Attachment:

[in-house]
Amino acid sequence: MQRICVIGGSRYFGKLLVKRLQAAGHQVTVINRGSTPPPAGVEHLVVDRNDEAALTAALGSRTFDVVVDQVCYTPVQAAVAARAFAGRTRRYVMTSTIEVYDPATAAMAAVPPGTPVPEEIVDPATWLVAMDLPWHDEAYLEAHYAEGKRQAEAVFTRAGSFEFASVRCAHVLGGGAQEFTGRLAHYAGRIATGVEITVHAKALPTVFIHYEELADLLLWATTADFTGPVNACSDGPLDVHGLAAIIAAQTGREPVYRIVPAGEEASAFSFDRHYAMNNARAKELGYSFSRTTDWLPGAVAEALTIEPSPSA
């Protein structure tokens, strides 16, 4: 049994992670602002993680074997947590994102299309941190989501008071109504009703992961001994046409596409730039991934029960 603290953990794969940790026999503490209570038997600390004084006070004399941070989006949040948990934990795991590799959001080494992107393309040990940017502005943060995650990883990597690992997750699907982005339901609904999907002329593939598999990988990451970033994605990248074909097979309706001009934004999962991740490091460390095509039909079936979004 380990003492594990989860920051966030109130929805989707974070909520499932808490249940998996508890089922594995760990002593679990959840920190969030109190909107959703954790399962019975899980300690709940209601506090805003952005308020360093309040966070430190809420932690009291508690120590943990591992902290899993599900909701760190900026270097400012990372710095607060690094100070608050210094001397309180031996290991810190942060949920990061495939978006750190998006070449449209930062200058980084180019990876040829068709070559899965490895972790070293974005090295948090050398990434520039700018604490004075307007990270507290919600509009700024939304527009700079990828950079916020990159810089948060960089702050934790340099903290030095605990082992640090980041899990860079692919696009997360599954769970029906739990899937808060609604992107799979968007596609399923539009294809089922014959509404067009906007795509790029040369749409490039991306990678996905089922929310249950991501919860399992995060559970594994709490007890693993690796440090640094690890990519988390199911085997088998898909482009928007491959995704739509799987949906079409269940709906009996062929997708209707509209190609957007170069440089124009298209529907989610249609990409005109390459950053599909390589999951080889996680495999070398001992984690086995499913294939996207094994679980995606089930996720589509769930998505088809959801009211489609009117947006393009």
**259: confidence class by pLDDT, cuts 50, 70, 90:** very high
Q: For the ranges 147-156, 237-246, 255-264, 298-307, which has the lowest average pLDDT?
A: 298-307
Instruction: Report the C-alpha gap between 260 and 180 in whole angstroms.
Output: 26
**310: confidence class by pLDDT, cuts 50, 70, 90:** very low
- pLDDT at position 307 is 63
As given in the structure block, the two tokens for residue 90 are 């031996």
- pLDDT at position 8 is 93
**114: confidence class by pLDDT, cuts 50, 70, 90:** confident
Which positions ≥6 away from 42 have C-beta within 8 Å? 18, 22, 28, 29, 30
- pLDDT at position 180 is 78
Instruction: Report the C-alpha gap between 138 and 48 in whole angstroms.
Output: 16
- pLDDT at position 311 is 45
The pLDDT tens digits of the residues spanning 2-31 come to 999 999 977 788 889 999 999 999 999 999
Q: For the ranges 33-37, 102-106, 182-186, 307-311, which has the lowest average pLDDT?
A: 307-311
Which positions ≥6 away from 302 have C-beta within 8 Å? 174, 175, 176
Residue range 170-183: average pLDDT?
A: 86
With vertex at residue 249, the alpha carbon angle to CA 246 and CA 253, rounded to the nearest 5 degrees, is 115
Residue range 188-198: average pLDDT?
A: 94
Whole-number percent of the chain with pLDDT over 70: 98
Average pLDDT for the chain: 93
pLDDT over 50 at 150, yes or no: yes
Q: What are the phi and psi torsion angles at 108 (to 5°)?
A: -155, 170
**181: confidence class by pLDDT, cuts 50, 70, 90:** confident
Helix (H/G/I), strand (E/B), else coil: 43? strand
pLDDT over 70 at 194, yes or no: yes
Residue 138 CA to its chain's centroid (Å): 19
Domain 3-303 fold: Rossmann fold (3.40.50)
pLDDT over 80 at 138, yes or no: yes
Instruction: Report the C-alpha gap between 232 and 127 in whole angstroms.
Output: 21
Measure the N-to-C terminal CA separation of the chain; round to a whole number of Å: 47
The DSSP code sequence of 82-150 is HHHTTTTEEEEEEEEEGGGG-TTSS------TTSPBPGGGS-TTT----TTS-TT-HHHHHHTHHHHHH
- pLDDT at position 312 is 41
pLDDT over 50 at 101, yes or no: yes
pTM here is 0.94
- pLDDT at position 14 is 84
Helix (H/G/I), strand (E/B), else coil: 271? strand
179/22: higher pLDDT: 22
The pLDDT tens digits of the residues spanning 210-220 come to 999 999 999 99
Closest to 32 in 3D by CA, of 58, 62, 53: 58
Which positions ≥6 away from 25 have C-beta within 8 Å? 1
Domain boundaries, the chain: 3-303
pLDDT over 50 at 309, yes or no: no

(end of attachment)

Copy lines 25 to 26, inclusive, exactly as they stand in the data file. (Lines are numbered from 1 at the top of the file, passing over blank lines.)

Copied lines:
With vertex at residue 249, the alpha carbon angle to CA 246 and CA 253, rounded to the nearest 5 degrees, is 115
Residue range 188-198: average pLDDT?